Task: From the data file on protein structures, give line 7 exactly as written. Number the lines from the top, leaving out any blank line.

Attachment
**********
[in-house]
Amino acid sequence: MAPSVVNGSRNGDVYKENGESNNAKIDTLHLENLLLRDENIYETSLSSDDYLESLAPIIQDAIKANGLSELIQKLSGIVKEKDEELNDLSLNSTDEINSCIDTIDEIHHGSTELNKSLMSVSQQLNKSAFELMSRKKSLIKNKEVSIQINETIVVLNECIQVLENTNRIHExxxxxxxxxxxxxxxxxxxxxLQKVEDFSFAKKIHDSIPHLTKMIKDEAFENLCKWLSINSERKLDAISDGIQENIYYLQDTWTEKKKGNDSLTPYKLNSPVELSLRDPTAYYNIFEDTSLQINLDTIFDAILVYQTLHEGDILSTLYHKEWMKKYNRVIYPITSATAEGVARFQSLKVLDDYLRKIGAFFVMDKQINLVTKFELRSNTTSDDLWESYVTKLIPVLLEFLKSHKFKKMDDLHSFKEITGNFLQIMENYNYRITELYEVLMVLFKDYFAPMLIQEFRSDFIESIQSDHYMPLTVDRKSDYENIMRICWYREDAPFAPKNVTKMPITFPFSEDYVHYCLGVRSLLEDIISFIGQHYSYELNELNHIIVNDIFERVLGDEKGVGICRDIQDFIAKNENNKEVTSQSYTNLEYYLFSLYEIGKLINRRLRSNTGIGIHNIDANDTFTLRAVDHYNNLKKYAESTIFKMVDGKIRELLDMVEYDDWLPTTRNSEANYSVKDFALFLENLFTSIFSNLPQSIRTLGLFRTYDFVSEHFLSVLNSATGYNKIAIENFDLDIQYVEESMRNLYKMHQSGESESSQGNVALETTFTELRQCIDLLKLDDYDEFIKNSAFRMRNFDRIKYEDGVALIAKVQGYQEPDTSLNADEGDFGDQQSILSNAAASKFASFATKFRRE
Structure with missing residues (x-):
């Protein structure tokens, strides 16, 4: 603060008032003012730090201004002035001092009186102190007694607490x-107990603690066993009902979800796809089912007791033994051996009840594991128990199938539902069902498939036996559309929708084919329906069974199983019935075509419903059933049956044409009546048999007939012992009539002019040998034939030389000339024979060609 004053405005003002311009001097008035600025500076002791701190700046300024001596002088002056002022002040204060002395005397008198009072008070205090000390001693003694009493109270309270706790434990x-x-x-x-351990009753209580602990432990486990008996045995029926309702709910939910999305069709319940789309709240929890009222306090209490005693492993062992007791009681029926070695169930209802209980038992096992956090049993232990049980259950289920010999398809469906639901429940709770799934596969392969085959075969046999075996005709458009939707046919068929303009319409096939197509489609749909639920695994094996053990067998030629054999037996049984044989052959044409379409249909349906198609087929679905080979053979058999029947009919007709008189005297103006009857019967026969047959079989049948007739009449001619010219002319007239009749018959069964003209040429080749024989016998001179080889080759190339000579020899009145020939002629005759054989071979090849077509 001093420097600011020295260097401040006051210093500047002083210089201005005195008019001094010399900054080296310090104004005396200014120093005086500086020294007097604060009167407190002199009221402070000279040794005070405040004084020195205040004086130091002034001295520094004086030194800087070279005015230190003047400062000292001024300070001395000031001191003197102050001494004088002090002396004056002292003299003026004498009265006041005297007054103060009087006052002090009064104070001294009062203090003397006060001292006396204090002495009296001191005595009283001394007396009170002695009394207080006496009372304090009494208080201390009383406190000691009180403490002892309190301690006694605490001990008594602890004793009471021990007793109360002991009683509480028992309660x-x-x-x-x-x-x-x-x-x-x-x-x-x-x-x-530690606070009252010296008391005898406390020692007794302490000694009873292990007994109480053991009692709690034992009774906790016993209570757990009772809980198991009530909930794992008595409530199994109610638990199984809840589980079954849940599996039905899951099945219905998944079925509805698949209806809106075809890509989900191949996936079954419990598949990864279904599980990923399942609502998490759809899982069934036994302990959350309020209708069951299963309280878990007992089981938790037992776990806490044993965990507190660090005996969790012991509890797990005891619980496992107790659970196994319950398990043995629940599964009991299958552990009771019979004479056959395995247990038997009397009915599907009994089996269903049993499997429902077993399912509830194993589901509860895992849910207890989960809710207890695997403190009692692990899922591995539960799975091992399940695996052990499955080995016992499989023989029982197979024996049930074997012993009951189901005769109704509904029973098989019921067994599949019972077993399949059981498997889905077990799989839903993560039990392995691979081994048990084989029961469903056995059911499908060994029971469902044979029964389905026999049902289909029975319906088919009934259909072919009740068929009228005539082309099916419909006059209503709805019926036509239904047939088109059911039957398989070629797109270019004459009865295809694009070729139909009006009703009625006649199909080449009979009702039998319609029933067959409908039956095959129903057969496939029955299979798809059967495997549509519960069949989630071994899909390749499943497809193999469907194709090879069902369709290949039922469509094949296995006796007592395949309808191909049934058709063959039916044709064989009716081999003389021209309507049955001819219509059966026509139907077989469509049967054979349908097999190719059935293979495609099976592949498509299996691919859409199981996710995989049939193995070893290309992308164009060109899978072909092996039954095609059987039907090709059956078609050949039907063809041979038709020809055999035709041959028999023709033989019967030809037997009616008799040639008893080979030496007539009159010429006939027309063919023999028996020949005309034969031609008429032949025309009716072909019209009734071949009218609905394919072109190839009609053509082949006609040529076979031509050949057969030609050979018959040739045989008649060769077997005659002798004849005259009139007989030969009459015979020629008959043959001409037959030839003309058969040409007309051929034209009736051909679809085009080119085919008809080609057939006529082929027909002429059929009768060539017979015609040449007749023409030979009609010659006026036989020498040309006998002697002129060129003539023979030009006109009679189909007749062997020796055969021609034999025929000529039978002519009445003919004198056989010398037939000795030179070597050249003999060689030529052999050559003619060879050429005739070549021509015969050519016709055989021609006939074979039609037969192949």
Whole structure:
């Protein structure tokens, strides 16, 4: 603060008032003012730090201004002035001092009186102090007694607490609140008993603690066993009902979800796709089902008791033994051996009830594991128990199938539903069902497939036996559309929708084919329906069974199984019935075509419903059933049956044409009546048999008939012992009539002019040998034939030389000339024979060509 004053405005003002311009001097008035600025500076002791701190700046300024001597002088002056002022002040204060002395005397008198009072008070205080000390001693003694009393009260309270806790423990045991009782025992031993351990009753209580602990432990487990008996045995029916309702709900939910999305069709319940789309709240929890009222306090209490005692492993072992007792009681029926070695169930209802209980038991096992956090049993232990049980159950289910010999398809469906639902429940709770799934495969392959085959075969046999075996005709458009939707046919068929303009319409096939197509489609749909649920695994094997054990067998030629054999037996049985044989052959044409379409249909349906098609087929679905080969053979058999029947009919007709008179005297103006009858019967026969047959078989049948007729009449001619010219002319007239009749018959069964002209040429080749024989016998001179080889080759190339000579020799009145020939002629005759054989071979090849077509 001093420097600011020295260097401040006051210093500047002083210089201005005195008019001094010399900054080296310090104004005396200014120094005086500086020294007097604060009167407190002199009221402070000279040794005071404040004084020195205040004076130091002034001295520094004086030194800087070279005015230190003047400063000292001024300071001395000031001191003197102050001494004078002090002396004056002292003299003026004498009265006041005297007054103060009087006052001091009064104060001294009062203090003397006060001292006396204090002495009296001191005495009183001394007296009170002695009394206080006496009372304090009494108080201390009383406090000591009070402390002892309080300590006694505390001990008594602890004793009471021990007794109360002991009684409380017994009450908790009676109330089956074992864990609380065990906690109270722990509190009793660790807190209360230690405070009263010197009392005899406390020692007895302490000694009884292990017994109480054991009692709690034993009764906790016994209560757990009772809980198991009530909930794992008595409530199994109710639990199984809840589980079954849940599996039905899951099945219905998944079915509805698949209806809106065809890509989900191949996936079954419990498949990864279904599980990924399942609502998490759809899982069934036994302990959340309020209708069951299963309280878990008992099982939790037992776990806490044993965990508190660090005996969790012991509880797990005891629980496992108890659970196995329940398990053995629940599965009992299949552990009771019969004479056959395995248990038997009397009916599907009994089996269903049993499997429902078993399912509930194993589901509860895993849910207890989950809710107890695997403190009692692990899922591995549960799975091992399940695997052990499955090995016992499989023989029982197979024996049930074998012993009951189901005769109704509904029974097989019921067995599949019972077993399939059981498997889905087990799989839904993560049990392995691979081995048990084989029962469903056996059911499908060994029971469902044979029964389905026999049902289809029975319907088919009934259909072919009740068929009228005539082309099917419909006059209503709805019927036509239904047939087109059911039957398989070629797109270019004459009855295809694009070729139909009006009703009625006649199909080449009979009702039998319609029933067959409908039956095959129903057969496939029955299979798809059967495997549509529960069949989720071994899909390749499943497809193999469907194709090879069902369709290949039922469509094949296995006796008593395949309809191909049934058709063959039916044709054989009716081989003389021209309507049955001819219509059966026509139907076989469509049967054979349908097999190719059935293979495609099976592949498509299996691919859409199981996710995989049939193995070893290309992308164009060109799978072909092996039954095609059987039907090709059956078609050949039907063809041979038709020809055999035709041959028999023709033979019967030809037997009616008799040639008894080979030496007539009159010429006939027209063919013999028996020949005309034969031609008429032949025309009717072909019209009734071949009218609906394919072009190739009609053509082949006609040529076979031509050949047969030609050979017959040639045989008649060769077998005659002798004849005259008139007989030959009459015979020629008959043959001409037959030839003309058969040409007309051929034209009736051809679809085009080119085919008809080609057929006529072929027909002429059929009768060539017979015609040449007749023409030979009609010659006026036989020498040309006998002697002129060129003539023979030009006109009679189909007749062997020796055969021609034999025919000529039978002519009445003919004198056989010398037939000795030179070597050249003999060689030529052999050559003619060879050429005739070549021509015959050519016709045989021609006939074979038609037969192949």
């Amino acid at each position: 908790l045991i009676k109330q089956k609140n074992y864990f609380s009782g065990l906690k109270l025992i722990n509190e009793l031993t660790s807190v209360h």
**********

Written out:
């Amino acid at each position: 908790l045991i009676k109330q089956k609140n074992y864990f609380s009782g065990l906690k109270l025992i722990n509190e009793l031993t660790s807190v209360h």